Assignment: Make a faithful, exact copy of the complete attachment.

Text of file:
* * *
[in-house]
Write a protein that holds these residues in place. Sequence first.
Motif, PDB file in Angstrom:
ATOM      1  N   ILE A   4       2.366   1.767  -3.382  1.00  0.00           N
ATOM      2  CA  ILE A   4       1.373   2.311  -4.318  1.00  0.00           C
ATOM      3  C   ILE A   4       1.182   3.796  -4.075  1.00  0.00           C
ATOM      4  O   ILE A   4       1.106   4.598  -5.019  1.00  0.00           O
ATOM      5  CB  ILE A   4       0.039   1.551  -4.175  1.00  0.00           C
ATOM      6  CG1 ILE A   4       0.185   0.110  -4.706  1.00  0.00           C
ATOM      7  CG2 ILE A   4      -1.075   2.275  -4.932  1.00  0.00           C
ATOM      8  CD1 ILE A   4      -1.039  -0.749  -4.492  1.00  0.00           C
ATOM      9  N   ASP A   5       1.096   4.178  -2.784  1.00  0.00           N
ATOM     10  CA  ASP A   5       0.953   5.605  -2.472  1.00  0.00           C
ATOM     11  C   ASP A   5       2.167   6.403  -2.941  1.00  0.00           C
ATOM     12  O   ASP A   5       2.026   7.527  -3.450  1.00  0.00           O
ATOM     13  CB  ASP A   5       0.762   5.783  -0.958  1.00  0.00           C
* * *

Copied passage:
[in-house]
Write a protein that holds these residues in place. Sequence first.
Motif, PDB file in Angstrom:
ATOM      1  N   ILE A   4       2.366   1.767  -3.382  1.00  0.00           N
ATOM      2  CA  ILE A   4       1.373   2.311  -4.318  1.00  0.00           C
ATOM      3  C   ILE A   4       1.182   3.796  -4.075  1.00  0.00           C
ATOM      4  O   ILE A   4       1.106   4.598  -5.019  1.00  0.00           O
ATOM      5  CB  ILE A   4       0.039   1.551  -4.175  1.00  0.00           C
ATOM      6  CG1 ILE A   4       0.185   0.110  -4.706  1.00  0.00           C
ATOM      7  CG2 ILE A   4      -1.075   2.275  -4.932  1.00  0.00           C
ATOM      8  CD1 ILE A   4      -1.039  -0.749  -4.492  1.00  0.00           C
ATOM      9  N   ASP A   5       1.096   4.178  -2.784  1.00  0.00           N
ATOM     10  CA  ASP A   5       0.953   5.605  -2.472  1.00  0.00           C
ATOM     11  C   ASP A   5       2.167   6.403  -2.941  1.00  0.00           C
ATOM     12  O   ASP A   5       2.026   7.527  -3.450  1.00  0.00           O
ATOM     13  CB  ASP A   5       0.762   5.783  -0.958  1.00  0.00           C